Still, wouldn't miss it for the world and I hope we crush the tramps.

47320[/snapback]

 

A bit like how benders hijacked the word 'queer'. :crylaughin:

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Good post HTT, but since when has the east coast main line passed through Sunderland????  :crylaughin:

47326[/snapback]

 

I don't know, I just know our lads were cheered by Mackems on their way back from London following our '32 FA Cup win so I assume it was at some train station that passed through.

47328[/snapback]

 

 

Must be Durham. Mackems love to claim Durham belongs to them. Bullshit, its 50/50.

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Thankyou HTT. Eye opening.

 

What was the 1st Tyne-Wear derby?

 

Have Sunderland ever been the top team in the area? i.e. champions when NUFC was struggling or cup winners when NUFC got dumped out early (when the FA cup meant more)?

47337[/snapback]

 

Probably.

 

Interesting snippet. Sunderland's highest ever league win was against us when they beat us 9-1. Can't think of the exact year, but it was around 1900 I think. That same year Newcastle went on to win the league.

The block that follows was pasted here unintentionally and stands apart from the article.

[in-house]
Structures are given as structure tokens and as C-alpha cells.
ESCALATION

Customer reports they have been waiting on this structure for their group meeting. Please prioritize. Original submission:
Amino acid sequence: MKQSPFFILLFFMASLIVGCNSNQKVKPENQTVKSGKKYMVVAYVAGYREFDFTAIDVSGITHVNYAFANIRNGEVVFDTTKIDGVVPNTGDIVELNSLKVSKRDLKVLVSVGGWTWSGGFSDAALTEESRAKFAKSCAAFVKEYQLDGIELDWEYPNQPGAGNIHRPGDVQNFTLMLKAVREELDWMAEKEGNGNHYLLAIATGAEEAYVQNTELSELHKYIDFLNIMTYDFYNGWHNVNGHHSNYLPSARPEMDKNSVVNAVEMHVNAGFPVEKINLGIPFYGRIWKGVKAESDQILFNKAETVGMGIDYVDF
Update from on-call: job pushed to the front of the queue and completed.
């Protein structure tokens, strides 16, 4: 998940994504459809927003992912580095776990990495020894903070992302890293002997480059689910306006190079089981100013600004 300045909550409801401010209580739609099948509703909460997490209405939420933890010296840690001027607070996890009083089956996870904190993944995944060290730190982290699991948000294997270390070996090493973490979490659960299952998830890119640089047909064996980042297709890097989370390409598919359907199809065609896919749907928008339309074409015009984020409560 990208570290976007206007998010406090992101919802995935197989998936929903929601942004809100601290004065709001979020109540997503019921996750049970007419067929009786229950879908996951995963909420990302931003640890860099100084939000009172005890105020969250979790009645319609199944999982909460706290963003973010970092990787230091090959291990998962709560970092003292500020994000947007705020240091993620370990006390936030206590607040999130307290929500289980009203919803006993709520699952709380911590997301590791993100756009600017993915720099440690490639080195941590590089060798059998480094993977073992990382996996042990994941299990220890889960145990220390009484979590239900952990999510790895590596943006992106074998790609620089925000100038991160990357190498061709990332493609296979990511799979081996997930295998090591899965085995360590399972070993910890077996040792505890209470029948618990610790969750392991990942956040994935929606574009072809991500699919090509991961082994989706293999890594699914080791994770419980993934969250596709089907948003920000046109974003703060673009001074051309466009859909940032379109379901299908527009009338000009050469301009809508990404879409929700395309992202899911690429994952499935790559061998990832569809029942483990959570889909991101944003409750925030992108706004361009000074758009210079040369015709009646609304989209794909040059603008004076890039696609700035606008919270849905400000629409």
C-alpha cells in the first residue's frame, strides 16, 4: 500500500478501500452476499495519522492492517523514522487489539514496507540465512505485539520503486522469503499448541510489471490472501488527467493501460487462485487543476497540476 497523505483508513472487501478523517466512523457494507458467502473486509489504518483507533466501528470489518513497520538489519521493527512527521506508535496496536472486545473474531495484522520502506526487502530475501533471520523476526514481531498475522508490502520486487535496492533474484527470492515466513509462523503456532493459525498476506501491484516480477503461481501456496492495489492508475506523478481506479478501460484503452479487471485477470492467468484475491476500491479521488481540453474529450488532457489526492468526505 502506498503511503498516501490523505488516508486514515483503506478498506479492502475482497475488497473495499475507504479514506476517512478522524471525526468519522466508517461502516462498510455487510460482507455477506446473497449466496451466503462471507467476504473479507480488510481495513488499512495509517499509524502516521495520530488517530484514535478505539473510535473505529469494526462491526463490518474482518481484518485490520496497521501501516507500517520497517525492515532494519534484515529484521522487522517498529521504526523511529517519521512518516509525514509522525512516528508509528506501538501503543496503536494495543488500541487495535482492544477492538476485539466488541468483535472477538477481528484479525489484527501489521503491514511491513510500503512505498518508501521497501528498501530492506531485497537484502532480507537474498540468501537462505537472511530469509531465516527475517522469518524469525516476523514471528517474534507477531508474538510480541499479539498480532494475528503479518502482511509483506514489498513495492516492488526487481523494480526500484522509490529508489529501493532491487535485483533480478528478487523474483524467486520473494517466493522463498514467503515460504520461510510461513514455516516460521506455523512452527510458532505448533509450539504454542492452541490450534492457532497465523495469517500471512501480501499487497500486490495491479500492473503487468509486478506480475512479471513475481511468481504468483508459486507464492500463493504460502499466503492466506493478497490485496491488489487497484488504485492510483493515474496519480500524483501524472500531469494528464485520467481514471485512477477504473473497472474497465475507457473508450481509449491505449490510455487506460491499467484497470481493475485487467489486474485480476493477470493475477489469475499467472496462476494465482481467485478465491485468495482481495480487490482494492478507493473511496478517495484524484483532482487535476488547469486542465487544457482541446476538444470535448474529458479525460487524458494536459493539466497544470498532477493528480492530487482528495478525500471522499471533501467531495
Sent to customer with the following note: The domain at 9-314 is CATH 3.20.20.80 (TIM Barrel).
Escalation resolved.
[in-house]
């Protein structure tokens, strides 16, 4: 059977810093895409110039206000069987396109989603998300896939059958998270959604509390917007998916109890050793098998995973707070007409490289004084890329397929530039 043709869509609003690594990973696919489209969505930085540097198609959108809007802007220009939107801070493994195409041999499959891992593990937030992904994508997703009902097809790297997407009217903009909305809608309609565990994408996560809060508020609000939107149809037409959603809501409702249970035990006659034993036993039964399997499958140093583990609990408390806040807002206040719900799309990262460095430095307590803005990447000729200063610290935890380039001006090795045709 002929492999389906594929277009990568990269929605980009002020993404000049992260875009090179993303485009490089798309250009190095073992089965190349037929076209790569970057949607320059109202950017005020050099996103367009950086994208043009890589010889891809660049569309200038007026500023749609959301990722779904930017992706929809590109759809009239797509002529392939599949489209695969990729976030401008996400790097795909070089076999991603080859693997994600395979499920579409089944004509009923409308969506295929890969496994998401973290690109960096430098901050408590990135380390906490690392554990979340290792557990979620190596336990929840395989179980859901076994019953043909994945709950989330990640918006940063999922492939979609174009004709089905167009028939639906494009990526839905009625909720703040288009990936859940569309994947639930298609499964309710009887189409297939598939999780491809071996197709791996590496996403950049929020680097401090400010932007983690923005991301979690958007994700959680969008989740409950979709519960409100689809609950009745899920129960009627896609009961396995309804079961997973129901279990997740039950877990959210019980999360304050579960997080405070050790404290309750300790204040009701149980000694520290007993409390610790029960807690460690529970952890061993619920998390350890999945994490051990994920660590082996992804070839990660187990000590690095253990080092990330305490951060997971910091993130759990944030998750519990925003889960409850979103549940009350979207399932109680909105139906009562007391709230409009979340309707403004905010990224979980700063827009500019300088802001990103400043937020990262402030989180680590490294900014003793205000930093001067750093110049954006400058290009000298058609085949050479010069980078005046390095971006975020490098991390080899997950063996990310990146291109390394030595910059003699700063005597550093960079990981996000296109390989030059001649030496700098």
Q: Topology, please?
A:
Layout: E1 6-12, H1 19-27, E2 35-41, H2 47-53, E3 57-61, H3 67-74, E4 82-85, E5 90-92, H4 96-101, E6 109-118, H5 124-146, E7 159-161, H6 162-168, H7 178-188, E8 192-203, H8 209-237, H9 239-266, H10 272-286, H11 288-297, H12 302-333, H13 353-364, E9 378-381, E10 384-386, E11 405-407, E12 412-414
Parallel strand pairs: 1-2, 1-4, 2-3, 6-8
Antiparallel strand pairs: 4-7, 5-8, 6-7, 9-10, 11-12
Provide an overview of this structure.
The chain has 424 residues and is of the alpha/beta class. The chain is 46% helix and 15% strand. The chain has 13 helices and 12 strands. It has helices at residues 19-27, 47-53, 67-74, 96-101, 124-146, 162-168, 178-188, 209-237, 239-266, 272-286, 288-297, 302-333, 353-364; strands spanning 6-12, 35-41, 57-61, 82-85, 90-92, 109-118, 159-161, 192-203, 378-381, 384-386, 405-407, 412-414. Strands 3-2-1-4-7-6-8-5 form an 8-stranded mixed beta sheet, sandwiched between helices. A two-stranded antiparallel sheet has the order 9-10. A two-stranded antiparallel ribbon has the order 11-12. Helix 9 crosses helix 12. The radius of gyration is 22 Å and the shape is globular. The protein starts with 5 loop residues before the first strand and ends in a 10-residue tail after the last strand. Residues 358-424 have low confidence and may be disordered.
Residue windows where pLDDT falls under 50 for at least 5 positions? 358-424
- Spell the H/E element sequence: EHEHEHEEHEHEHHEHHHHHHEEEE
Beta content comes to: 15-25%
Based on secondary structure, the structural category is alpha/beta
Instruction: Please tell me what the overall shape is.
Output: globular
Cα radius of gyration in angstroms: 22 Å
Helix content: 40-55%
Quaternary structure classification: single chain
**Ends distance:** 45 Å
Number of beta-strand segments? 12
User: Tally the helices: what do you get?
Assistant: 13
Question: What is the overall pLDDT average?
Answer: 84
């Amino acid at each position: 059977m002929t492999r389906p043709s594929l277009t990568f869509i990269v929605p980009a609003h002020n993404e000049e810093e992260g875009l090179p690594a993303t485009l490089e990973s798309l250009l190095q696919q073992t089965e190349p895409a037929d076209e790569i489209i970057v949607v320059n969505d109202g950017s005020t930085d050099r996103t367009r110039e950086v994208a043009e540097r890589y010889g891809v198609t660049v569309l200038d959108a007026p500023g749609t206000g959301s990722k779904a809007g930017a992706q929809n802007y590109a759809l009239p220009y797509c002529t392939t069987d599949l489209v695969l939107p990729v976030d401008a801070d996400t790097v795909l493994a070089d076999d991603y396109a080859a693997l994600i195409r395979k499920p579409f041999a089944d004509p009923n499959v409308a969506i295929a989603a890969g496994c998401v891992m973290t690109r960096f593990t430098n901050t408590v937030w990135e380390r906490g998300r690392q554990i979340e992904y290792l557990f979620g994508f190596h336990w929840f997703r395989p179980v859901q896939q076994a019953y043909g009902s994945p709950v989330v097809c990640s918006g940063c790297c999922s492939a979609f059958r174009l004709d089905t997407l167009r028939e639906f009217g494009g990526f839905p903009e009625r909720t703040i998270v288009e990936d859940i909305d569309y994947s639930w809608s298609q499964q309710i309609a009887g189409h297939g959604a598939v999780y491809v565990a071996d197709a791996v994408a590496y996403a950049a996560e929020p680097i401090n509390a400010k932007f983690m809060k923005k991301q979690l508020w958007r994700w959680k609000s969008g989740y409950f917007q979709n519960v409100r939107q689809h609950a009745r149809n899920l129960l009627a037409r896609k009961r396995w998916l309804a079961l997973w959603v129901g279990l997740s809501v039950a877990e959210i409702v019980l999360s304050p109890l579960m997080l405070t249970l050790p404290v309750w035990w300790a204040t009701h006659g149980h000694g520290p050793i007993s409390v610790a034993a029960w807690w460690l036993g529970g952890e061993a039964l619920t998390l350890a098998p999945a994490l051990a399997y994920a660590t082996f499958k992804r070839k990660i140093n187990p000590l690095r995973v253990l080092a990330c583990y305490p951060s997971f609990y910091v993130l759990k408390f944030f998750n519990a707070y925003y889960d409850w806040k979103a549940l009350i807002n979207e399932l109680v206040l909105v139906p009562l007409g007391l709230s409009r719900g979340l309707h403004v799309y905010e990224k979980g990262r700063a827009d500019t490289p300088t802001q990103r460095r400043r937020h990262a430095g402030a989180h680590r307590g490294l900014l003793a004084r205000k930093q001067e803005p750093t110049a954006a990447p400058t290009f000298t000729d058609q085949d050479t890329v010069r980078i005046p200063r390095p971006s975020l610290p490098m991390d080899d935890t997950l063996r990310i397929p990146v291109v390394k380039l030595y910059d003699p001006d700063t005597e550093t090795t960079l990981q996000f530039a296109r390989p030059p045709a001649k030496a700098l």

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Just to answer two of chochips other questions...

 

 

yes, scottish borders once went down to york, not for very long though I believe.

 

And I would say we look more celtic than white devils, but its just the usual mix of backgrounds I suppose, ethnic minorities are minorities with not many asian or black communities.

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Thankyou HTT. Eye opening.

 

What was the 1st Tyne-Wear derby?

 

Have Sunderland ever been the top team in the area? i.e. champions when NUFC was struggling or cup winners when NUFC got dumped out early (when the FA cup meant more)?

47337[/snapback]

 

The first ever Tyne-Wear Derby in official League terms was way back in 1898, 6 years after Newcastle United were formed following a merger between Newcastle West End and Newcastle East End.

 

We won that match 3-2 at Roker Park in front of what was then, considered a huge crowd of 25,000 fans.